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Frankly: Martin Sorrell predicts end of big media holdings, says model no longer works

LONDON: One of the world’s most prominent figures in the advertising industry has warned of the end of the media holding company model, which has dominated for decades.

In an interview with Arab News, Sir Martin Sorrell also pointed out that the Middle Eastern affiliates of these groups were far from exempt.

“Well, there are four (five) major holding companies, which I think actually dominate in a Middle Eastern context, the market, at least currently. I don’t think that will be the case in the future,” he told “Frankly Speaking” presenter Katie Jensen.

“It would be IPG, it would be Omnicom. This would probably include Dentsu, as well as WPP and Publicis.

Sorrell is reputed to be one of the founders of advertising giant WPP, and under him many believe he lived his peak. He served as the company’s longest-serving CEO from 1985 to 2018 before leaving abruptly due to misconduct allegations.

When asked if his anti-holding comments were specifically aimed at WPP and if it was a personal vendetta, he replied that you just have to look at their numbers.

“I think you just have to look at the facts,” he said. “Just look at the performance of the stock market relative to indices. And in fact, it’s clear to everyone if you look at the performances of the last four or five years.”

As to why the media holding companies wouldn’t perform, he said the reason was that the market was “somewhat wary of the long-term structural performance of their models.”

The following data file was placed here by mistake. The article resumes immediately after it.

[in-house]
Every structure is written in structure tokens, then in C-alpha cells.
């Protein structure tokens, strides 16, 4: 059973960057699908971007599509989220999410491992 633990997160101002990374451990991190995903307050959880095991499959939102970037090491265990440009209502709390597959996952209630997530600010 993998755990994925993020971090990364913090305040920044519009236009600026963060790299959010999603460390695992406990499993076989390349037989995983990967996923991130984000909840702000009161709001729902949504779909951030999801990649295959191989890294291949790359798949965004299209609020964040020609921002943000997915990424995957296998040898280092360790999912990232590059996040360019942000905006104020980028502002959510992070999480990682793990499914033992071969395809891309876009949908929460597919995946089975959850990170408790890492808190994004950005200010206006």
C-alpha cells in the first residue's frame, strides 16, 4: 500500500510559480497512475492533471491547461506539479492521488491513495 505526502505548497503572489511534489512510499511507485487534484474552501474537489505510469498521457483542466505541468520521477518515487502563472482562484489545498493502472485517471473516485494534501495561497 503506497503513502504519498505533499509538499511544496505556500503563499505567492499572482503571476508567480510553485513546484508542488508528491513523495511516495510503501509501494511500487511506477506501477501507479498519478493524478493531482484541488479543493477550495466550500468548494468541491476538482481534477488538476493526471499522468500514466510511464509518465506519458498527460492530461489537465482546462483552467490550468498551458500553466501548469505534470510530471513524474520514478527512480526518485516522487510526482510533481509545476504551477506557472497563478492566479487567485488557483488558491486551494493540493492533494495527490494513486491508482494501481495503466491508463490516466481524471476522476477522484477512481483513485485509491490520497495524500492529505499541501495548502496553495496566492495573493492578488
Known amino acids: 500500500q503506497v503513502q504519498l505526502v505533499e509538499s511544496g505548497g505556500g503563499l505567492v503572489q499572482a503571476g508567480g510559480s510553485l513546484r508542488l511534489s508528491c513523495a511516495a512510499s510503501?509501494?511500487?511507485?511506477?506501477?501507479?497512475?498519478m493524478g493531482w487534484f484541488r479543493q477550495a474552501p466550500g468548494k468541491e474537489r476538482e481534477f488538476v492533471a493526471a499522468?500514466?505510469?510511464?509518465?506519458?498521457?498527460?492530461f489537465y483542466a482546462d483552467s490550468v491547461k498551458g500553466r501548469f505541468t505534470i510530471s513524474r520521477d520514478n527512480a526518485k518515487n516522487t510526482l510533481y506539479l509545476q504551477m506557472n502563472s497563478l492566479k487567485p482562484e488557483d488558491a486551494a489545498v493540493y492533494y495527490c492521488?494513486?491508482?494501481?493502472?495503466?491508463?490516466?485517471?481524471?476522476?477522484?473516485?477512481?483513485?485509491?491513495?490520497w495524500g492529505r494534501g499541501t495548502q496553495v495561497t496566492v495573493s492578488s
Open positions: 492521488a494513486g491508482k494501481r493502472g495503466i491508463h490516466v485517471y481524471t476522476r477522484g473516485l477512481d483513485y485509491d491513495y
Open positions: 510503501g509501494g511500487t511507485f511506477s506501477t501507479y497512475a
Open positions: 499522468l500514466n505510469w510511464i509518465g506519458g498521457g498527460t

“I think what the stock market is signaling in relation to holding companies is a general mistrust, a structural mistrust of their sustainability.”

Currently, these groups operated with several large subsidiaries which, according to Sorrell, “do not work well together”.

“They made them more complicated because they’re more vertical and the verticals don’t work together to solve customer problems or to provide solutions to customers,” he added. “From a personal point of view, I think a dissolution of these companies will probably be the best answer.”

Sorrell currently runs S4 Capital, a new-age digital advertising agency based in London, and recently opened an office in Saudi Arabia where he serves major clients such as NEOM and Qiddiya.

“The breadth of the resources and the commitment are so important, and the quality of the resources are so important, that I think they will be successful in the long run,” Sorrell said of Saudi Arabia’s reform push. as it continues with Crown Prince Mohammed bin Salman’s Vision 2030.

“So I think it’s about educating the world about the nature of projects, the nature of ambition.”

Sorrell reiterated what he said in an Arab News interview in 2021 that he believed Riyadh would be the region’s next advertising capital, a title that changed hands from Beirut to Dubai before finally end in the Kingdom.

Sorrell is a firm believer in growing local talent, instead of relying on imported expats, and he said he tries to achieve this in his Saudi operations.

“We need to develop national talent. But, of course, given the envisaged rate of development and the very ambitious goals that the government wants to achieve, it probably has to be a mix,” he said.

“We are putting in place a judicious mix of talent from outside the region and from within the region.

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